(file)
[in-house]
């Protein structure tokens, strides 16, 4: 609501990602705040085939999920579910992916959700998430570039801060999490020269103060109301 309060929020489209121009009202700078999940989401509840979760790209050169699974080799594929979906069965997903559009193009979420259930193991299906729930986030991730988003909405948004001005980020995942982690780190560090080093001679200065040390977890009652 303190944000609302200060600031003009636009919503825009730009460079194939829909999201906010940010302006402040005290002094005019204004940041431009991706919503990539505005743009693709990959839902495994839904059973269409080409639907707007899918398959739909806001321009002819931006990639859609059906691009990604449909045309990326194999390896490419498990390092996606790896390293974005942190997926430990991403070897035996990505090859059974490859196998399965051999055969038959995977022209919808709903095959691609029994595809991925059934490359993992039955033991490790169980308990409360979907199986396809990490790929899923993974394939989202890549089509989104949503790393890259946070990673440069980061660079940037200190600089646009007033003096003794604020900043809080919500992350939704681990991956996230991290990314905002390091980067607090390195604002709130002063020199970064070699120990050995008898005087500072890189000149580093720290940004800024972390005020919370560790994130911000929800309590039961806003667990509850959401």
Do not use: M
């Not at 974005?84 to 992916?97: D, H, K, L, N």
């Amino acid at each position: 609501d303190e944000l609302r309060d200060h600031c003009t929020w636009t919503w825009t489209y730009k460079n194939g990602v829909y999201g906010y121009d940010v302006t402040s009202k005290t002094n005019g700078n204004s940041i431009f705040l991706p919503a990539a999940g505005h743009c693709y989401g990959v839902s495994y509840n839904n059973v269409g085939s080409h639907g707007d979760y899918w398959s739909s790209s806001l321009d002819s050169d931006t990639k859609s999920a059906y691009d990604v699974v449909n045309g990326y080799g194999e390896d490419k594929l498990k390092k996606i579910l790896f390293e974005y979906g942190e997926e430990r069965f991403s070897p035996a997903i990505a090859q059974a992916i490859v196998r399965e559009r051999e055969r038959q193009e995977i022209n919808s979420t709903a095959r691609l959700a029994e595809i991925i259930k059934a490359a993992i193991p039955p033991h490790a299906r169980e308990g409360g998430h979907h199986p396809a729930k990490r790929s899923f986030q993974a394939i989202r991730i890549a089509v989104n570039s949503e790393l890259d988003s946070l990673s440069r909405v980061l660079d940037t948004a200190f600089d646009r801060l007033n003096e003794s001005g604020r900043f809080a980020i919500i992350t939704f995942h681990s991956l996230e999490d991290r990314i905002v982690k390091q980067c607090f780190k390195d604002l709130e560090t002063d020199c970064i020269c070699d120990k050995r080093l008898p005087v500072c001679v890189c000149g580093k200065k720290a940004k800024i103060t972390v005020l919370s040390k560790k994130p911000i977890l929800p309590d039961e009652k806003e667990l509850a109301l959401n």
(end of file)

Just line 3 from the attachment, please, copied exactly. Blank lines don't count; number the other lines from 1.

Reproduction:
Do not use: M